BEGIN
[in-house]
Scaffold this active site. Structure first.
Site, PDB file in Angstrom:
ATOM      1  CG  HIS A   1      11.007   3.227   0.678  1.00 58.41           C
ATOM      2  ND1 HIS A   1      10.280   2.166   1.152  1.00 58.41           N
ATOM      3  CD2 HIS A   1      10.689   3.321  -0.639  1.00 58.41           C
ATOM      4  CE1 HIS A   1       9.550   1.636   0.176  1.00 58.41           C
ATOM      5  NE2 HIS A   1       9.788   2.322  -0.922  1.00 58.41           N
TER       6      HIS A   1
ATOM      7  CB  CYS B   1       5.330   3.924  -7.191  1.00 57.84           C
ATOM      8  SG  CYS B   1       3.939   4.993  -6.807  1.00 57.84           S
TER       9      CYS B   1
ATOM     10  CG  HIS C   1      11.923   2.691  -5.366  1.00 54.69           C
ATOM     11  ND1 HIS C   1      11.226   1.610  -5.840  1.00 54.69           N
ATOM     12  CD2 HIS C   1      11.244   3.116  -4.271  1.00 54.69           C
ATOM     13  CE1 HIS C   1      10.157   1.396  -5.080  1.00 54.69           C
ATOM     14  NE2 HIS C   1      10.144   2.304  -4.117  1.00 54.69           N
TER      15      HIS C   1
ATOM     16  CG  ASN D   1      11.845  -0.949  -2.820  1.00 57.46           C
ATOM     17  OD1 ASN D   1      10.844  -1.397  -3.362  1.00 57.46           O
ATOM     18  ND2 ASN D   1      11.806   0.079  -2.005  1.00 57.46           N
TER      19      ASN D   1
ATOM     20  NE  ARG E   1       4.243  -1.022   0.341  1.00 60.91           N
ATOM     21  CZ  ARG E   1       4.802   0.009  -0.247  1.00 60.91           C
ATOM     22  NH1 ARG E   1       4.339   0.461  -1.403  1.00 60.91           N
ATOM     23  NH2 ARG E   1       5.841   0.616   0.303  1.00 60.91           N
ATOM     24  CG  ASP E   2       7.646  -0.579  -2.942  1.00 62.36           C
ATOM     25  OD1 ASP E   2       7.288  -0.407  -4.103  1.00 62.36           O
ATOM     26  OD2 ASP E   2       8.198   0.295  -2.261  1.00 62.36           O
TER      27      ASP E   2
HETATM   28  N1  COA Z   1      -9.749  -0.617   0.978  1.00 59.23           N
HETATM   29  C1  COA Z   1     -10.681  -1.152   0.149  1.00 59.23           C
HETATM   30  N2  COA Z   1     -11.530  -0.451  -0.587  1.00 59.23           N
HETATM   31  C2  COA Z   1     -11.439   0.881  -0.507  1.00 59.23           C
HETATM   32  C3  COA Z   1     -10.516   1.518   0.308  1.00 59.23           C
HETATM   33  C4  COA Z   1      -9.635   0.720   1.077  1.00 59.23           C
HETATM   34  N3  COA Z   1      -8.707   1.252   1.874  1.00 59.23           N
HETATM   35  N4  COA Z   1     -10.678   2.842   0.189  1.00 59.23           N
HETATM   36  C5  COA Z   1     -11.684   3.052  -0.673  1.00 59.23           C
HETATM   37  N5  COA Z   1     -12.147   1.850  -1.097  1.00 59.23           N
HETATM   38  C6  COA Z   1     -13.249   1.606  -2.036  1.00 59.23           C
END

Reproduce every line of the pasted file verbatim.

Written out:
[in-house]
Scaffold this active site. Structure first.
Site, PDB file in Angstrom:
ATOM      1  CG  HIS A   1      11.007   3.227   0.678  1.00 58.41           C
ATOM      2  ND1 HIS A   1      10.280   2.166   1.152  1.00 58.41           N
ATOM      3  CD2 HIS A   1      10.689   3.321  -0.639  1.00 58.41           C
ATOM      4  CE1 HIS A   1       9.550   1.636   0.176  1.00 58.41           C
ATOM      5  NE2 HIS A   1       9.788   2.322  -0.922  1.00 58.41           N
TER       6      HIS A   1
ATOM      7  CB  CYS B   1       5.330   3.924  -7.191  1.00 57.84           C
ATOM      8  SG  CYS B   1       3.939   4.993  -6.807  1.00 57.84           S
TER       9      CYS B   1
ATOM     10  CG  HIS C   1      11.923   2.691  -5.366  1.00 54.69           C
ATOM     11  ND1 HIS C   1      11.226   1.610  -5.840  1.00 54.69           N
ATOM     12  CD2 HIS C   1      11.244   3.116  -4.271  1.00 54.69           C
ATOM     13  CE1 HIS C   1      10.157   1.396  -5.080  1.00 54.69           C
ATOM     14  NE2 HIS C   1      10.144   2.304  -4.117  1.00 54.69           N
TER      15      HIS C   1
ATOM     16  CG  ASN D   1      11.845  -0.949  -2.820  1.00 57.46           C
ATOM     17  OD1 ASN D   1      10.844  -1.397  -3.362  1.00 57.46           O
ATOM     18  ND2 ASN D   1      11.806   0.079  -2.005  1.00 57.46           N
TER      19      ASN D   1
ATOM     20  NE  ARG E   1       4.243  -1.022   0.341  1.00 60.91           N
ATOM     21  CZ  ARG E   1       4.802   0.009  -0.247  1.00 60.91           C
ATOM     22  NH1 ARG E   1       4.339   0.461  -1.403  1.00 60.91           N
ATOM     23  NH2 ARG E   1       5.841   0.616   0.303  1.00 60.91           N
ATOM     24  CG  ASP E   2       7.646  -0.579  -2.942  1.00 62.36           C
ATOM     25  OD1 ASP E   2       7.288  -0.407  -4.103  1.00 62.36           O
ATOM     26  OD2 ASP E   2       8.198   0.295  -2.261  1.00 62.36           O
TER      27      ASP E   2
HETATM   28  N1  COA Z   1      -9.749  -0.617   0.978  1.00 59.23           N
HETATM   29  C1  COA Z   1     -10.681  -1.152   0.149  1.00 59.23           C
HETATM   30  N2  COA Z   1     -11.530  -0.451  -0.587  1.00 59.23           N
HETATM   31  C2  COA Z   1     -11.439   0.881  -0.507  1.00 59.23           C
HETATM   32  C3  COA Z   1     -10.516   1.518   0.308  1.00 59.23           C
HETATM   33  C4  COA Z   1      -9.635   0.720   1.077  1.00 59.23           C
HETATM   34  N3  COA Z   1      -8.707   1.252   1.874  1.00 59.23           N
HETATM   35  N4  COA Z   1     -10.678   2.842   0.189  1.00 59.23           N
HETATM   36  C5  COA Z   1     -11.684   3.052  -0.673  1.00 59.23           C
HETATM   37  N5  COA Z   1     -12.147   1.850  -1.097  1.00 59.23           N
HETATM   38  C6  COA Z   1     -13.249   1.606  -2.036  1.00 59.23           C